Did anyone else ever get that $100 on the first iPhone. I asked and emailed repeatedly and could never get it. I know it is too late now, but it is the principal of the thing.

  5. I agree with those here who are pointing out that this is normal practice in the cellphone industry. It sucks from the perspective of the gadget-hungry consumer who wants the latest shinies as soon as they come out (I’m one of them), but the truth of it is that AT&T (or Sprint, or T-Mobile, or Verizon, etc.) are paying the difference on those phones in order to pull in new customers, new contracts, and contract renewals. They can’t afford to subsidize every phone you want every time you want it, and as such, you can only upgrade after the period of time that they set since your last.

    The “early upgrade” is at least a compromise between “we’ll give you this phone super-cheap like the new guys” and “sorry, wait another half a year,” so I’ll suck it up and get it. However, I may have to think twice about upgrading to the next iPhone next year.

    As for #11 April Ferarra, that sounds messed up and wrong. I’d go to a different AT&T store, or call AT&T directly and keep asking about that until you get the right answer. Anyone with a 1st gen iPhone who got it 2 years ago should be able to upgrade to any other phone they offer at this point. That’s just ridiculous.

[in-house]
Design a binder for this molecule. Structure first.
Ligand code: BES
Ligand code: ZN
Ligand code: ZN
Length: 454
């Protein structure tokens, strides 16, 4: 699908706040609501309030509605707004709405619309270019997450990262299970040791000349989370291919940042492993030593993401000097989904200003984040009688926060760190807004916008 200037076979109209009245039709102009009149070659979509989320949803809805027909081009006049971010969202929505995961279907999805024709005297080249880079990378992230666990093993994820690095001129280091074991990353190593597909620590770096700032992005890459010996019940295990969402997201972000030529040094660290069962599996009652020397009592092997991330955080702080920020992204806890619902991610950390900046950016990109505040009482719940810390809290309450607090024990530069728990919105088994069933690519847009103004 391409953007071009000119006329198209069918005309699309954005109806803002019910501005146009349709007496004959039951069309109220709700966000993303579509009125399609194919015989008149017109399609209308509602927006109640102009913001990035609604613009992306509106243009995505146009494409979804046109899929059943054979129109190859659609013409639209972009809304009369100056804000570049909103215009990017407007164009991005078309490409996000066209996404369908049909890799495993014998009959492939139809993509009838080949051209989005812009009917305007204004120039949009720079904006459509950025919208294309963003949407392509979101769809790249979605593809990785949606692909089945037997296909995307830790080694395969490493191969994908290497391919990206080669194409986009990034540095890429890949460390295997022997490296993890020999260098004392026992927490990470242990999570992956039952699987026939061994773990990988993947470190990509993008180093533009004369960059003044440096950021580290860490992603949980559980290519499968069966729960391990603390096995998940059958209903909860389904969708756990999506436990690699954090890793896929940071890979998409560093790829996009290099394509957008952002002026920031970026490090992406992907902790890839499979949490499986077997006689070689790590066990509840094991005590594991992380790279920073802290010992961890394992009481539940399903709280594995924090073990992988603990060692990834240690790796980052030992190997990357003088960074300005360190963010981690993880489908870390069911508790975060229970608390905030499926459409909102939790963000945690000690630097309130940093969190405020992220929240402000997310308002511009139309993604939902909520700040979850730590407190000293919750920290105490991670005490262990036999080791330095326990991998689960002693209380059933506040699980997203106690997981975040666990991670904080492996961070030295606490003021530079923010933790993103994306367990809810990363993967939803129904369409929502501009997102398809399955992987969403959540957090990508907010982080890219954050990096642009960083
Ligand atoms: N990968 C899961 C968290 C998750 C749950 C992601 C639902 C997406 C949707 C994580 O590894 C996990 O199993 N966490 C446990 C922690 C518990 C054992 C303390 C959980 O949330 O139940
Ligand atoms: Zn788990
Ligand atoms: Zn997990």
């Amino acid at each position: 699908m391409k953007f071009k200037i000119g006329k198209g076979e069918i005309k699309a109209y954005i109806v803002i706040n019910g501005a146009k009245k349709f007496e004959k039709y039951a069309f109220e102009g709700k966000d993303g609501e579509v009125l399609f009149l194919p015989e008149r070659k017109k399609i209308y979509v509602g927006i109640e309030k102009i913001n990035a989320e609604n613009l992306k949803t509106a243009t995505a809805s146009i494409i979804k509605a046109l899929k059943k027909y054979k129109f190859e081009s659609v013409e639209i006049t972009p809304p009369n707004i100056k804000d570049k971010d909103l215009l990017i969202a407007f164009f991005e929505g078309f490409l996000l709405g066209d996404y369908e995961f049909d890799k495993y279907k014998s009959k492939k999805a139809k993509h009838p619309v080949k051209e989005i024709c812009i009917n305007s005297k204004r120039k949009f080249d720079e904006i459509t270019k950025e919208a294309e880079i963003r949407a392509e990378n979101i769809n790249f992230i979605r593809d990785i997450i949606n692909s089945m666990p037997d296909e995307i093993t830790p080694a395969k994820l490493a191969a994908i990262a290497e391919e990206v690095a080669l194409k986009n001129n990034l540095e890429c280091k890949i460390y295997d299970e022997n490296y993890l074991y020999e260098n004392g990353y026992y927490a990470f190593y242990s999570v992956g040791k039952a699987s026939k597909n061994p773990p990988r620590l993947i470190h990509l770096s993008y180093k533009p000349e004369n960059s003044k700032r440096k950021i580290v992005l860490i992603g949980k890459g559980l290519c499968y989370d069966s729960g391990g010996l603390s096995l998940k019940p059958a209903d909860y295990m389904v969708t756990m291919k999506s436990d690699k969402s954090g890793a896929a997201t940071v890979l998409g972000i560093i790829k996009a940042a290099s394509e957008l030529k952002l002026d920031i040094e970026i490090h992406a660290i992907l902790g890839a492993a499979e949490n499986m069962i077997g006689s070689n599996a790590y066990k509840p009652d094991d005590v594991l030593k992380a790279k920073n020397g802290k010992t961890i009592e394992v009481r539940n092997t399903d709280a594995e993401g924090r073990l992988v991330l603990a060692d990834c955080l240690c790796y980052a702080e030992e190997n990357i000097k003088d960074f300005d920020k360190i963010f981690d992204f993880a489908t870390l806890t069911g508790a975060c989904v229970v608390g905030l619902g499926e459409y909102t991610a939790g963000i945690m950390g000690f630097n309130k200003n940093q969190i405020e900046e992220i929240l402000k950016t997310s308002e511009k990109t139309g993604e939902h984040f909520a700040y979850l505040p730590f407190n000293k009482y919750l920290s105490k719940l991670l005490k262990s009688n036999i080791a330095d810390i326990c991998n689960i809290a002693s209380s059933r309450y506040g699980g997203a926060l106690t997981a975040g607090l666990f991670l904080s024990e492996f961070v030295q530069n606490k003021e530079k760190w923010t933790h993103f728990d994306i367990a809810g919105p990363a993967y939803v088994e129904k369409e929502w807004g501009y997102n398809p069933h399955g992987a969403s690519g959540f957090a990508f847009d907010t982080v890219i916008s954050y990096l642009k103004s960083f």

6. at #11 April. Since you paid full price , and two years ago, yes you have a legitimate issue (unless of course they let you upgrade in July when your contract actually runs out).

  7. April Ferarra

    I agree with Debbie, I bought an original phone two years ago (July) and I DON’T qualify for an upgrade. To get the phone I want I have to pay $599. It is wrong. I am tired of being a loyal customer (two laptops and two desktops-one being the new 24 inch) and having to use a crappy carrier that drops calls everywhere and now not being able to get the phone at the price of a new customer. It is evident that they just want to capture market share.

  8. kevin

    Echoing #9 Jeff – I’m not sure why people are so surprised. If you buy a subsidized phone you have to wait it out before you’re eligible for another subsidized price. It’s not just iPhones – I got a nokia from at&t the december before the 3G was released and am just now becoming eligible for the upgrade price. If I had decided to go for the 3G at the time, I would have had to pay $200 more than the advertised $199/$299.

  9. To #7 Debbie: Apple did give us a rebate of $100 after they lowered the prices a few months later, is that the “way down” you’re referring to or the 3G pricing? If referring to the first price drop, I find it amazing Apple gave us any rebate at all. Tech prices come down over time. Period. Yeah does it suck that day 1 iphone 1G users paid more? Yeah (I was one of them). But Apple did what any business does, they saw that demand wasn’t there at that price level so they adjusted. It happens all the time. As for the 3G to 3GS, this is what ALL carriers do, I don’t understand why people are so taken aback. This is what AT&T does, Verizon does, everybody. Why? Because the price of the iphone (insert blackberry, whatever) actually didn’t come down as much as you think, AT&T (or Verizon, or whoever PAID part of the price of the phone). That’s how it works. What about all those crappy free phones you can get from AT&T/Verizon, whoever, you think LG/Nokia etc actually make those phones for FREE? No, the carrier PAYS for them. They make up the cost through the length of the service contract. If they kept giving you subsidized phones everyone year, they wouldn’t subsidize in the first place because the would LOSE money. Either that or the plans would be even more expensive then they already are!